Updated: January 2016
You don't need to own your home to benefit from insurance. In some cases, your landlord may even require you to get renters insurance before moving in. Whether it's required or not, renters insurance may help protect you in the event that your belongings are damaged or stolen. If you're new to renters insurance, you may be wondering how to choose the coverage that's right for you.
The Insurance Information Institute (III) suggests getting quotes from at least three insurance companies to compare prices. But keep in mind that not all insurance policies are alike. The III says renters should not select a policy based on price alone. Be sure to compare the types of coverage each policy includes. And, says the III, choose an agent who takes the time to answer any questions you may have. Here are some tips to help you get started.
Most renters insurance policies come with a few standard types of coverage to help protect you and your belongings. They include:
Personal property coverage. This protection helps guard the stuff you own, such as furniture, electronics and clothing, from certain risks. Suppose someone breaks into your apartment and steals your television and stereo, or your belongings are damaged or destroyed in a fire. Personal property coverage may help pay to replace your stuff after an unexpected loss, up to the limits stated in your policy.
Liability coverage. This type of coverage can help protect you against damages or medical bills that you may owe if someone is injured at your home and you are found legally responsible. Liability coverage may also help protect you if you damage the home you're renting. Suppose you accidentally start a fire that damages the kitchen. Liability coverage may help cover your expenses in the event that you are sued for damages.
Additional living expenses. This type of coverage may help pay for expenses such as temporary housing if your rented home becomes uninhabitable due to a covered peril. Additional living expenses coverage may help cover the reasonable increase in living expenses, such as the cost of hotel stays and food, after a fire or other covered loss.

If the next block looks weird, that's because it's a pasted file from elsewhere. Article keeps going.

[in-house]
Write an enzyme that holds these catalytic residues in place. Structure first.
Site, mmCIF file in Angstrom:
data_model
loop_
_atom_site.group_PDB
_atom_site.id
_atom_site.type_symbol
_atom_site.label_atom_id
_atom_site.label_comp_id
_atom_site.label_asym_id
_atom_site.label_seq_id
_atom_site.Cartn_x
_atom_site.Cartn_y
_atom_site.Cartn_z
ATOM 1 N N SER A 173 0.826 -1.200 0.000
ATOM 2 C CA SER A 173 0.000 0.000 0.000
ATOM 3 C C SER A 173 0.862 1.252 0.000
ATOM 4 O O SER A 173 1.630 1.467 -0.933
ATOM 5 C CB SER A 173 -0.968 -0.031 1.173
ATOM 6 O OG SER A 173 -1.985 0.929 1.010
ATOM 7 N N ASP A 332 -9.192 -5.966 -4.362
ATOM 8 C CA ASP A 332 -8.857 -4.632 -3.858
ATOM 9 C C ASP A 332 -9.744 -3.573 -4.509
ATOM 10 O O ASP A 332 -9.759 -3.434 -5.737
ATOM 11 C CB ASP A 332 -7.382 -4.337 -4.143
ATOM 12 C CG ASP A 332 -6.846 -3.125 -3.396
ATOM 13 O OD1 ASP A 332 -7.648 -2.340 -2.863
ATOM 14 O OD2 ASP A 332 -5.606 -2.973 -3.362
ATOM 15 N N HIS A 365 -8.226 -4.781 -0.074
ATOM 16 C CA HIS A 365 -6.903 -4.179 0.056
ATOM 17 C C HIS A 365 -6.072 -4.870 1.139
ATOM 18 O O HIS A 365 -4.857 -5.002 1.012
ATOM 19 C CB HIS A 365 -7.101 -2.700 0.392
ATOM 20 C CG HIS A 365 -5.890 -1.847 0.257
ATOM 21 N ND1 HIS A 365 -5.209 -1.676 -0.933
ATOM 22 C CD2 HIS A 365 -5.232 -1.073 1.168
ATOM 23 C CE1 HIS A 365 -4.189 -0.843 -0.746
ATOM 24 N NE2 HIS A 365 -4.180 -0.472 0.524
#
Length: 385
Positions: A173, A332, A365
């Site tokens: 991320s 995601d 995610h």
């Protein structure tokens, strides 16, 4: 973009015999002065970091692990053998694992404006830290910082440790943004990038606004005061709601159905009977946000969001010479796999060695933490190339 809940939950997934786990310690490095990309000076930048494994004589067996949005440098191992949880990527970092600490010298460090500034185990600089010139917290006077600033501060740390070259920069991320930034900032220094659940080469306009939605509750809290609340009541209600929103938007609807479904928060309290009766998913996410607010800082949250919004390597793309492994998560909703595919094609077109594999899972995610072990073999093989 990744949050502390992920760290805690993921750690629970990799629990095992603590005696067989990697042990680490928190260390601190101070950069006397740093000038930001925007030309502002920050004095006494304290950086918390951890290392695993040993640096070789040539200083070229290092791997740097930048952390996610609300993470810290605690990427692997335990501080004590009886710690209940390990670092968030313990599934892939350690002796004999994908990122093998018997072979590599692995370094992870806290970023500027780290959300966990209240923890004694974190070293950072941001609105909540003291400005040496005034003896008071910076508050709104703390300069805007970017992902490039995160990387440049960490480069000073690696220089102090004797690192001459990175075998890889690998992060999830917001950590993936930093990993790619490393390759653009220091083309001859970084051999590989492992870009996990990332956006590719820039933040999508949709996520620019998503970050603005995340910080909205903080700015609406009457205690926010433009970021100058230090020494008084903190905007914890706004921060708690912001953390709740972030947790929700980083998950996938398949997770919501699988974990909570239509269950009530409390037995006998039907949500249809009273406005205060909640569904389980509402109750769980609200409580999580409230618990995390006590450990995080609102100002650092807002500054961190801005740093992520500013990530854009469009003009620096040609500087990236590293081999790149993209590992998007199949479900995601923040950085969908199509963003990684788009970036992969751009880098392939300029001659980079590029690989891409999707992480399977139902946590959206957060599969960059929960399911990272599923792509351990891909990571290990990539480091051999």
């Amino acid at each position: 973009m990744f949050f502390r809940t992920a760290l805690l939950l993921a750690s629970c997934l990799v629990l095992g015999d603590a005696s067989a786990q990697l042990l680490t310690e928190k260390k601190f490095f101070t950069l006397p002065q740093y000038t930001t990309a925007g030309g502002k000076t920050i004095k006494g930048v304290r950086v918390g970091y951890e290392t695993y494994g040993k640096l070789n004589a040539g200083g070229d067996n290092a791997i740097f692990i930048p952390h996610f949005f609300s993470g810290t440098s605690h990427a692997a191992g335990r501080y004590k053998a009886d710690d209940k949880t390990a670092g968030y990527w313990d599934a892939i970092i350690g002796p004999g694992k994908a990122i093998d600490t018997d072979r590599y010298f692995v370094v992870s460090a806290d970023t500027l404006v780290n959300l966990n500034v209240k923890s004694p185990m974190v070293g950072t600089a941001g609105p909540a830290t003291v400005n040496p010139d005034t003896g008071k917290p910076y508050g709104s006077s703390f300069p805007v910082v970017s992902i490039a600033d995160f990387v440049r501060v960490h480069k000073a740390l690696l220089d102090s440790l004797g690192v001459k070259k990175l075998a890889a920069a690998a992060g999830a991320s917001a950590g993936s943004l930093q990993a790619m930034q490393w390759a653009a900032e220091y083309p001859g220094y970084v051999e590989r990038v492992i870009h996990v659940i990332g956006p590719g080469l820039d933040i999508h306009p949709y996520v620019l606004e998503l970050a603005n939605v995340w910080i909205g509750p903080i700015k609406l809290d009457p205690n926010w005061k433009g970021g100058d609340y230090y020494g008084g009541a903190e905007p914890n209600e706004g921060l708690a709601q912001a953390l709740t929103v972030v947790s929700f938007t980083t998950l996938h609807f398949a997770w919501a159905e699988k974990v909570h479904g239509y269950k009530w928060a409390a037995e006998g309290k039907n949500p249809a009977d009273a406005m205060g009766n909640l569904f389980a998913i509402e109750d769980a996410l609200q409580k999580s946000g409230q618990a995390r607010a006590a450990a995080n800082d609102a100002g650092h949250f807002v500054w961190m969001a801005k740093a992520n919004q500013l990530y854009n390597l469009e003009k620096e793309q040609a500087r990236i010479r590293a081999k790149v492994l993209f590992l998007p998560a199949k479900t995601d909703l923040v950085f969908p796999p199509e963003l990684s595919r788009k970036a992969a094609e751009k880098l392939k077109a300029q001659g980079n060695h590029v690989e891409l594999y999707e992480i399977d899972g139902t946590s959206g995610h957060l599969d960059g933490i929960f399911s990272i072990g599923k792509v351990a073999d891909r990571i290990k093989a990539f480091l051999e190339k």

It's important to remember that limits will apply to each type of coverage, which means there is a maximum amount the policy will pay out for a covered event. Conducting a side-by-side review of multiple renters insurance policies may help you choose the coverage that best fits your needs — and help you make an apples-to-apples comparison between quotes.
As you compare quotes, it's also important to make sure that they are each based on the type of personal property coverage you plan to purchase. Personal property coverage typically helps cover costs in one of two ways:
- Actual cash value takes into account depreciation and only pays the amount you might expect to get if you sold the item today, the III explains. For example, you might have spent $1,000 on a couch 15 years ago, but with a policy that pays you actual cash value, you'd likely receive only a portion of the purchase price following a covered loss.
- Replacement cost is the amount it would cost to buy the same item again new today, or if the same item is no longer available, one that is of like kind and quality. This type of coverage may cost a bit more, but may prove worth it in the event that you need to purchase new items after a covered loss, the III says.
To help determine how much stuff you own and how much it may be worth, you may want to create a home inventory. This information may also be useful in the event that you need to file an insurance claim.
Contact a local agent to request a renters insurance quote or to ask any questions you may have about your coverage.